The Wild Tchoupitoulas -- a group of Mardi Gras Indians headed by George "Big Chief Jolly" Landry -- only released one album, but that one record caused a sensation upon its initial 1976 release. It was one of the first records of the album-oriented rock generation that captured the heady gumbo of New Orleans R&B and funk. Landry may have fronted the Wild Tchoupitoulas, but the key to the record's success was his nephews, Charles and Cyril Neville, who headed the rhythm section. They drafted in their brothers, Art and Aaron, to harmonize, and thereby unwittingly gave birth to the band that became the Neville Brothers. Still, the fact that The Wild Tchoupitoulas ranks among the great New Orleans albums isn't because of the Nevillles themselves, but the way the Wild Tchoupitoulas lock into an extraordinary hybrid that marries several indigenous New Orleans musics, with swampy, dirty funk taking its place in the forefront. There are only eight songs, and they are all strung together as if they're variations on the same themes and rhythms. That's a compliment, by the way, since the organic, flowing groove is the key to the album's success.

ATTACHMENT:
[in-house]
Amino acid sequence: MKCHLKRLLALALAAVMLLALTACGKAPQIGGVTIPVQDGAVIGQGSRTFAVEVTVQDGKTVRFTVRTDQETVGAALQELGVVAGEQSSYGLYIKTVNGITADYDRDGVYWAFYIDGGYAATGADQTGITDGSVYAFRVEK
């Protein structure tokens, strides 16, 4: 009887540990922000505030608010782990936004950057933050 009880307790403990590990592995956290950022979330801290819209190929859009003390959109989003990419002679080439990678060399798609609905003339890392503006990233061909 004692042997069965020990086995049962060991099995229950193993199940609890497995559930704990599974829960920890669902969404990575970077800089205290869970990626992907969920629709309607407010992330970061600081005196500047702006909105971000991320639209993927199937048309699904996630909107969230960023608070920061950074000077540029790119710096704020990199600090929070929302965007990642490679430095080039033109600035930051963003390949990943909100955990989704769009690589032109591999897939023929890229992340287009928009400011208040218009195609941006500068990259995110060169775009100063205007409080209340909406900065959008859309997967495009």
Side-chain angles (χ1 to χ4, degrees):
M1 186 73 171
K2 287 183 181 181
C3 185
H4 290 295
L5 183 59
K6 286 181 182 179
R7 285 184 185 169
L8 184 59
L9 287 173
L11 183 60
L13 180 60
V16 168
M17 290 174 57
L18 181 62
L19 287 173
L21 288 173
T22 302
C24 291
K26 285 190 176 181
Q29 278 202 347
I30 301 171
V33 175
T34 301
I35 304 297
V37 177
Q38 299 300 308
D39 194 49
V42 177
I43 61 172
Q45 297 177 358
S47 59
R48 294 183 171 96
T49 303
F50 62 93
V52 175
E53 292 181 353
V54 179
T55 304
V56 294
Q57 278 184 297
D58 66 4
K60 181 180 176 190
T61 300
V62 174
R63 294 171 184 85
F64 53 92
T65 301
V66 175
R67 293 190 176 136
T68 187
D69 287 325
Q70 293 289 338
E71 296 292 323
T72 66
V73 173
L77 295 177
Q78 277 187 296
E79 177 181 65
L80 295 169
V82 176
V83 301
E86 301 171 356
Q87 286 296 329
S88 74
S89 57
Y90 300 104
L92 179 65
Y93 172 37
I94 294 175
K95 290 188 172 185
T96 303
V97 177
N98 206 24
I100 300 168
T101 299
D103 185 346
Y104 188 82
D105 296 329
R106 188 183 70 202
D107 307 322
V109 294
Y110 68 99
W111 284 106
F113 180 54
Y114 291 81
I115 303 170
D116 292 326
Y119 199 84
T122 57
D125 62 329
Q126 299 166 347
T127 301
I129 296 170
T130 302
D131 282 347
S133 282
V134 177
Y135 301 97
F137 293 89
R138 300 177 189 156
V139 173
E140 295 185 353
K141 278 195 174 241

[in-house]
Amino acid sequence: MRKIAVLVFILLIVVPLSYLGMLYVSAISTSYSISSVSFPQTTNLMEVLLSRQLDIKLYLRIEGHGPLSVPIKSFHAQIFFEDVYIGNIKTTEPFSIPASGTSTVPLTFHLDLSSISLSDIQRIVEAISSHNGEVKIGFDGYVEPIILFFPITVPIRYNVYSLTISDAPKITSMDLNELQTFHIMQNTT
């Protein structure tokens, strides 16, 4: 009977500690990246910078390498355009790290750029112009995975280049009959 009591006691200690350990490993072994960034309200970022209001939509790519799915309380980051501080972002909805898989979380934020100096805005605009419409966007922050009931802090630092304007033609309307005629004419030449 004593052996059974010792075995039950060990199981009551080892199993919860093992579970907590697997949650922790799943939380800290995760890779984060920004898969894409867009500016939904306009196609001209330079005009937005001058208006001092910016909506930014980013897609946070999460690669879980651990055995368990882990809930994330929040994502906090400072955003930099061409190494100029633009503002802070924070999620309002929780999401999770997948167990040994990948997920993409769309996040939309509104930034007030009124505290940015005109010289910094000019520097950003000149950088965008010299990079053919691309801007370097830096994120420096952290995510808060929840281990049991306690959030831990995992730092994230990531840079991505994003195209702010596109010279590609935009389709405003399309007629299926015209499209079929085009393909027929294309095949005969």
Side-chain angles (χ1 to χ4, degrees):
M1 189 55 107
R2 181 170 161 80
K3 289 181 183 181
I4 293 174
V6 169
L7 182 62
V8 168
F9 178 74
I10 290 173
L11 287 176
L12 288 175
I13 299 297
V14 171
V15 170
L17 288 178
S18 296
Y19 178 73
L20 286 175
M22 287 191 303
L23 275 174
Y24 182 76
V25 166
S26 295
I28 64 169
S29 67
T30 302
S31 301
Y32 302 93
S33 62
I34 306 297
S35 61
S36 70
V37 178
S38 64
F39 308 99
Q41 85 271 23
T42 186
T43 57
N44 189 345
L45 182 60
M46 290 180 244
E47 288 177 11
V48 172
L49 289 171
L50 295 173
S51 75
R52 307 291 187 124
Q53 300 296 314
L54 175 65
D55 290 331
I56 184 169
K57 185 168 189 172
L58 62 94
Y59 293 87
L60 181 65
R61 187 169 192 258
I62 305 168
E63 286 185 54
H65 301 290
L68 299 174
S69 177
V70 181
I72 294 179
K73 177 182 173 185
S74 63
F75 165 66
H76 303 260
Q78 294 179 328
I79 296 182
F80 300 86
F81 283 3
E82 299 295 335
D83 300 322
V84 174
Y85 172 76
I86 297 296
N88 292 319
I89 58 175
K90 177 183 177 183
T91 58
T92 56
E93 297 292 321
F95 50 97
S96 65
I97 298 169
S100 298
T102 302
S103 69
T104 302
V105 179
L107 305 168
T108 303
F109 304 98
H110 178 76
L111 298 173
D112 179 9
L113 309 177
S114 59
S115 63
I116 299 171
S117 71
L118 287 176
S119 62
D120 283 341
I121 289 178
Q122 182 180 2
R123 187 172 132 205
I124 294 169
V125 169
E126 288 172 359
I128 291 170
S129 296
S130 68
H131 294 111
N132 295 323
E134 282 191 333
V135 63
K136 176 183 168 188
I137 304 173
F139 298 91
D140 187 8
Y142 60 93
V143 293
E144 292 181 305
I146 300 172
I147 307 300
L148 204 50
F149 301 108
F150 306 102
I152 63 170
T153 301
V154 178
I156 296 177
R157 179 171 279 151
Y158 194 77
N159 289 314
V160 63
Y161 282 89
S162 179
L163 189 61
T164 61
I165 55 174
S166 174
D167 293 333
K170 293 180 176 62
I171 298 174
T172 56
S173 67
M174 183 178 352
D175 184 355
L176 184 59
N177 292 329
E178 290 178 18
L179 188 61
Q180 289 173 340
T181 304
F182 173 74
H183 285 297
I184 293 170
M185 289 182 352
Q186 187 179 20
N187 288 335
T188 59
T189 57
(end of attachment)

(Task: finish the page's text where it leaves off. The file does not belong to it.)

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AllMusic Review by Stephen Thomas Erlewine